March 16, 2016 – The first of two joint ESA-Roscosmos missions to Mars has begun a seven-month journey to the Red Planet, where it will address unsolved mysteries of the planet’s atmosphere that could indicate present-day geological – or even biological – activity.
The Trace Gas Orbiter and the Schiaparelli entry, descent and landing demonstrator lifted off on a Proton-M rocket operated by Russia’s Roscosmos on Monday from Baikonur, Kazakhstan.
Following separation of Proton’s first and second stages, the payload fairing was released. The third stage separated nearly 10 minutes after liftoff. The Breeze-M upper stage, with ExoMars attached, then completed a series of four burns before the spacecraft was released at 20:13 GMT (21:13 CET).
Signals from the spacecraft, received at ESA’s control center in Darmstadt, Germany via the Malindi ground tracking station in Africa at 21:29 GMT (22:29 CET), confirmed that the launch was fully successful and the spacecraft is in good health.
The orbiter’s solar wings have also unfolded and the craft is on its way to Mars.
“It’s been a long journey getting the first ExoMars mission to the launch pad, but thanks to the hard work and dedication of our international teams, a new era of Mars exploration is now within our reach,” said Johann-Dietrich Woerner, ESA’s Director General. “I am grateful to our Russian partner, who have given this mission the best possible start today. Now we will explore Mars together.”
The Trace Gas Orbiter (TGO) and Schiaparelli will travel to Mars together before separating on October 16 at a distance of 900,000 km from the planet.
Then, on October 19, Schiaparelli will enter the martian atmosphere, descending to the surface in just under six minutes.
Schiaparelli will demonstrate key entry, descent, and landing technologies for future missions, and will conduct a number of environmental studies during its short mission on the surface.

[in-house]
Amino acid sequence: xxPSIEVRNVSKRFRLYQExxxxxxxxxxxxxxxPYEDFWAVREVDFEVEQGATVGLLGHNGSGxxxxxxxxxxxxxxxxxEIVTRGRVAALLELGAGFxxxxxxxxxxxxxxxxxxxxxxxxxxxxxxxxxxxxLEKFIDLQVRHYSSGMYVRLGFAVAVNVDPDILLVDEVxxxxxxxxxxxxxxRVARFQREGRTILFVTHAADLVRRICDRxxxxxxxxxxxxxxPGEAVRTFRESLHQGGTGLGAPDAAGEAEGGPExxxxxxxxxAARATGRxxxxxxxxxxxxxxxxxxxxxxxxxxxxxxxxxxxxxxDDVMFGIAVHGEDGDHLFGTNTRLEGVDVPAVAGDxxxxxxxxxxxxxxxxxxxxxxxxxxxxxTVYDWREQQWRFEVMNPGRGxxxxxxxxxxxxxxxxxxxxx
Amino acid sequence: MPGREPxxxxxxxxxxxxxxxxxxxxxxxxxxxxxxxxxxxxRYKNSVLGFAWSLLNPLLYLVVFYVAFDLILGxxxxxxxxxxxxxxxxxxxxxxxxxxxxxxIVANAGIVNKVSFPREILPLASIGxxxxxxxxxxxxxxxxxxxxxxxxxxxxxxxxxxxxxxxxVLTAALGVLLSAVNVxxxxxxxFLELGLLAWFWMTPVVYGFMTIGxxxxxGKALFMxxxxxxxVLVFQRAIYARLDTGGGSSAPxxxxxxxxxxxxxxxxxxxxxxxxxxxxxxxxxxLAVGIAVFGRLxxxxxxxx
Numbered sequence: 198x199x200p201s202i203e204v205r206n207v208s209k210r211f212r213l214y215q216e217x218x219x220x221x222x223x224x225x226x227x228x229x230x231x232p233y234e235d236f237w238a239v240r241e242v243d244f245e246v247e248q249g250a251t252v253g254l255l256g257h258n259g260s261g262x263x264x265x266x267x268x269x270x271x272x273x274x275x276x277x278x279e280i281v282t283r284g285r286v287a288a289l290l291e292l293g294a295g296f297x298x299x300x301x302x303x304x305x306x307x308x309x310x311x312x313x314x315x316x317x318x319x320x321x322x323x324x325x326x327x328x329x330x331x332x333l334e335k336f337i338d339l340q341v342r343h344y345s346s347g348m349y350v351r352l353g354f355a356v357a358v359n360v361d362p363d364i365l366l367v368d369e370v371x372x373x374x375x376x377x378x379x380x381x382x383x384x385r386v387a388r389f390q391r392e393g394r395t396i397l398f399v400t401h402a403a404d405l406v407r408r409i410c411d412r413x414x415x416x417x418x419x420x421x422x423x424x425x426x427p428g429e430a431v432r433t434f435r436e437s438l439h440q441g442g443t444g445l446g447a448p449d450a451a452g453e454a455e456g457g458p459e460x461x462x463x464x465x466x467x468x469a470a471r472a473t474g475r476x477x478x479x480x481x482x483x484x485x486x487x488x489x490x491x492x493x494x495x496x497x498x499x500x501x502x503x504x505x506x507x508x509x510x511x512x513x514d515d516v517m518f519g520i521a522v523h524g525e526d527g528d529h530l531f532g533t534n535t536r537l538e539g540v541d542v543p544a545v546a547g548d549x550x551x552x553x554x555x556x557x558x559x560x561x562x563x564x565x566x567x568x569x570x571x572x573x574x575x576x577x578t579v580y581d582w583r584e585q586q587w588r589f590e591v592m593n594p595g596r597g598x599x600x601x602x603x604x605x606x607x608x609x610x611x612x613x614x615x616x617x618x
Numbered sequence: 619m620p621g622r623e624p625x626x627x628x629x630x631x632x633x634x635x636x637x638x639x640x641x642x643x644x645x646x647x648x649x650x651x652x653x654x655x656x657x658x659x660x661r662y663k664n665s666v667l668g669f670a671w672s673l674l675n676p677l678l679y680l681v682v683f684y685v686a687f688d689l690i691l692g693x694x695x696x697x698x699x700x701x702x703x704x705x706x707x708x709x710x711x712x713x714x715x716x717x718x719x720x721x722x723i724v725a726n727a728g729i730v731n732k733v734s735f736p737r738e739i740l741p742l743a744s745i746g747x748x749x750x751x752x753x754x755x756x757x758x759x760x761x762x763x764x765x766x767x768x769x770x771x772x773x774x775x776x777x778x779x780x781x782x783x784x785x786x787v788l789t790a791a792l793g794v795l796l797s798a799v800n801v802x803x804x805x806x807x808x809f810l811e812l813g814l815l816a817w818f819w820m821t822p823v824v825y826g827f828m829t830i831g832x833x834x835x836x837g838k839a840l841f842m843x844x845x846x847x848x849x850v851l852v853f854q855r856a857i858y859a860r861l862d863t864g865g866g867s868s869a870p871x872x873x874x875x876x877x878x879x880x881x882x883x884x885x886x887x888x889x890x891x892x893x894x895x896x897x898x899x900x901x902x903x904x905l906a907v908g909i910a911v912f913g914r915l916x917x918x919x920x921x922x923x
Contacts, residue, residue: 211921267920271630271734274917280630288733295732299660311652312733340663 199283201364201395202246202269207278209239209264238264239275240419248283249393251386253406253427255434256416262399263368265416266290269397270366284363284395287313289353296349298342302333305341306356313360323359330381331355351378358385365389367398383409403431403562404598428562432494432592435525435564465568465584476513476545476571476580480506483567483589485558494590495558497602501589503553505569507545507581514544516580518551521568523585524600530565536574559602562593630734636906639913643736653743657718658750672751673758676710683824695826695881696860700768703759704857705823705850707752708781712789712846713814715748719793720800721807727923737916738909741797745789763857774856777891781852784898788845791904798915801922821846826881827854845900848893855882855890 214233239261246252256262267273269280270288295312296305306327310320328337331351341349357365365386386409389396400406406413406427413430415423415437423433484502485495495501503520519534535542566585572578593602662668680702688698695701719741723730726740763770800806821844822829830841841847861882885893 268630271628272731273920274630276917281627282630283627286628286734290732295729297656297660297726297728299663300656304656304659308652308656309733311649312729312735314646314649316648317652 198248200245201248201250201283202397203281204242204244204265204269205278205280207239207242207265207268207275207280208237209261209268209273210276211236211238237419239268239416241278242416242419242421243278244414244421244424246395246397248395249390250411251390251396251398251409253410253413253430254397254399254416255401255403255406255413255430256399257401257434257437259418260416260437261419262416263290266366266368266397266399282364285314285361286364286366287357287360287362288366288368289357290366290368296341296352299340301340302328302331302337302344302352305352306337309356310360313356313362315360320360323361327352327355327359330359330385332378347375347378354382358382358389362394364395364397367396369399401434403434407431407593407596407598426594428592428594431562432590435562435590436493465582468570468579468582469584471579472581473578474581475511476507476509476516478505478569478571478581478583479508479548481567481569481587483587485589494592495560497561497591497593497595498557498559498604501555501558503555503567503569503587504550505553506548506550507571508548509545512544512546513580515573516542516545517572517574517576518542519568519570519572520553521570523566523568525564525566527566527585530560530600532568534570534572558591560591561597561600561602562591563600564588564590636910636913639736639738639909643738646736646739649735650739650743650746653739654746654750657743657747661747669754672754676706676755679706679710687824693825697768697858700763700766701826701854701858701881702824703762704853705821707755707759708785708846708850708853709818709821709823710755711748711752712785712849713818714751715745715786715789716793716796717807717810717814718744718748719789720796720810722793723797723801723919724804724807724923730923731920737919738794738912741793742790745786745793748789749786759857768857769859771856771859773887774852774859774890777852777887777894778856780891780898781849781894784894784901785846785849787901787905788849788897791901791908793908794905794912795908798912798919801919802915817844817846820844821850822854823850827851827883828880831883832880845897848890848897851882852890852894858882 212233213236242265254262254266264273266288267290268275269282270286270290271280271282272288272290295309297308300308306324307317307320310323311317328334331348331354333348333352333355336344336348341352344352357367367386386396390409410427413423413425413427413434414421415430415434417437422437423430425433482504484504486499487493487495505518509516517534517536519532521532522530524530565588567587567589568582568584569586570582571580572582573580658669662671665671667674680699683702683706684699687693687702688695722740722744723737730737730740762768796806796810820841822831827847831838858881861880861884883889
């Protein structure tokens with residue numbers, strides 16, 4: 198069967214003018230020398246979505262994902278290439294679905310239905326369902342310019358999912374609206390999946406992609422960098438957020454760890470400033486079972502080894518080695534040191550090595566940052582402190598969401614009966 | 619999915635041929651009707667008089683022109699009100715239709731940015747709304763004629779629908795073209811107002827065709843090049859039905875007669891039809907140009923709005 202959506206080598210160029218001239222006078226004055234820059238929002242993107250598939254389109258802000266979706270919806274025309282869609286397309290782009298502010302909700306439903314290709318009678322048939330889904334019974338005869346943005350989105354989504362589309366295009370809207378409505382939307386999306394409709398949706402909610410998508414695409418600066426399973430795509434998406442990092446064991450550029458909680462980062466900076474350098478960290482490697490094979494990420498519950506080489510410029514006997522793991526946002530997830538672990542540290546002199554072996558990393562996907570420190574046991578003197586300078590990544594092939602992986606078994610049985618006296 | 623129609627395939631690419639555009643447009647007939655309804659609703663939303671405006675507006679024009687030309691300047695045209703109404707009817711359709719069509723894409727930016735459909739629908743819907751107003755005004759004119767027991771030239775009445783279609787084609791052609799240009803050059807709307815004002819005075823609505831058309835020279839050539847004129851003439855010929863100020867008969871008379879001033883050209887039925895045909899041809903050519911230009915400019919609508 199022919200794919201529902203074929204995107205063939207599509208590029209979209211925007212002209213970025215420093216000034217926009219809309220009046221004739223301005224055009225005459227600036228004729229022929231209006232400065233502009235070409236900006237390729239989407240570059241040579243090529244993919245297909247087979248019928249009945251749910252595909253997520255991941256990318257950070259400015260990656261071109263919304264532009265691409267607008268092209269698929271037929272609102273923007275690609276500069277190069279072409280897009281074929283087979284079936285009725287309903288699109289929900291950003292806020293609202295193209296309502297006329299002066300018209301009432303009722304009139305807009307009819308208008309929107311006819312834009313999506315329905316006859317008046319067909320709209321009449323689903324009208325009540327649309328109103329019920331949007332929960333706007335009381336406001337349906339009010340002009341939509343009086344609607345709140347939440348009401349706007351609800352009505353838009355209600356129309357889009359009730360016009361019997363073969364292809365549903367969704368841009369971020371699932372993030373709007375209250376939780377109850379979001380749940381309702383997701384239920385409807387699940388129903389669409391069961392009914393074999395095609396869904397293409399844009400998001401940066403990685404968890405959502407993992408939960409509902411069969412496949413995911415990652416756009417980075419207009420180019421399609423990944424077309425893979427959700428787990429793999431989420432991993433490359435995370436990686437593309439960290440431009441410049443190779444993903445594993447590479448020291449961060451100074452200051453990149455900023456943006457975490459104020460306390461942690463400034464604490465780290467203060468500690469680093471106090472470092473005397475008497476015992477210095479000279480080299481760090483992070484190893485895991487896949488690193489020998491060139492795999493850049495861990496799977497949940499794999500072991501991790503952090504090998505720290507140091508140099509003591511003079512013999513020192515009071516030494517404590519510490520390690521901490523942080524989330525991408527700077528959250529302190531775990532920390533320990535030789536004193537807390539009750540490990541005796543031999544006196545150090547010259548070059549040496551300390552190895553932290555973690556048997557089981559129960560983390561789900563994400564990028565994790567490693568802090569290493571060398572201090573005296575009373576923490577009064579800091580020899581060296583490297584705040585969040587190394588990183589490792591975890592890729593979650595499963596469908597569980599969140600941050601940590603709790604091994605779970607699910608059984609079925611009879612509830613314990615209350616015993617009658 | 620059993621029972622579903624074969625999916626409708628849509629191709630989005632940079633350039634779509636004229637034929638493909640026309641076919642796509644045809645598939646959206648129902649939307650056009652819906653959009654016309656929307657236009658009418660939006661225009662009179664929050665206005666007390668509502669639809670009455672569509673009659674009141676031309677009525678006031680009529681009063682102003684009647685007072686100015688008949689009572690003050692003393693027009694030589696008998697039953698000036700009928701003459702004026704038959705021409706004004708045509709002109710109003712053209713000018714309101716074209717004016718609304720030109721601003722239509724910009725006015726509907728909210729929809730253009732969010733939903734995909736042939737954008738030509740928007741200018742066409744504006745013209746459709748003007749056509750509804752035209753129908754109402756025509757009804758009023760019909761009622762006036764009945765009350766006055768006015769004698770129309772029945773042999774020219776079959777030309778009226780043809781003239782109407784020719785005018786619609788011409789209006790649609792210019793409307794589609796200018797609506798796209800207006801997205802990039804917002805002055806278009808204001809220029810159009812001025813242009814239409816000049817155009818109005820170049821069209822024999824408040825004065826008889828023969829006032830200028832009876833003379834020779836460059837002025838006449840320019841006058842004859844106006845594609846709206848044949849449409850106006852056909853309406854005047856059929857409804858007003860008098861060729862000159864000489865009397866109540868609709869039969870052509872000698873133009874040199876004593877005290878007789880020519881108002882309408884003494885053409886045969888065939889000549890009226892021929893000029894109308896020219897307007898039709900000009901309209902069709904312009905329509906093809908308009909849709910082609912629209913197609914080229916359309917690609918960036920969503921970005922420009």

For example, it will obtain the first measurements of electric fields on the surface of Mars that, combined with measurements of the concentration of atmospheric dust, will provide new insights into the role of electric forces on dust lifting – the trigger for dust storms.
Meanwhile, on the same day, TGO will enter an elliptical four-day orbit around Mars, taking it from about 300 km at its nearest to around 96 000 km at its furthest point.
After a year of complex ‘aerobraking’, maneuvers during which the spacecraft will use the planet’s atmosphere to lower its orbit slowly to a circular 400 km, its scientific mission to analyse rare gases in the atmosphere will begin.
Of particular interest is methane, which on Earth, points to active geological or biological processes.
One of the mission’s key goals is to follow up on the methane detection made by ESA’s Mars Express in 2004 to understand the processes at play in its generation and destruction, with an improved accuracy of three orders of magnitude over previous measurements.
TGO will also image features on the martian surface that may be related to trace-gas sources such as volcanoes. In addition, it will be able to detect buried water-ice deposits, which, along with locations identified as sources of the trace gases, could influence the choice of landing sites of future missions.
The orbiter will also act as a data relay for the second ExoMars mission, comprising a rover and stationary surface science platform, which is scheduled for launch in May 2018, arriving in early 2019.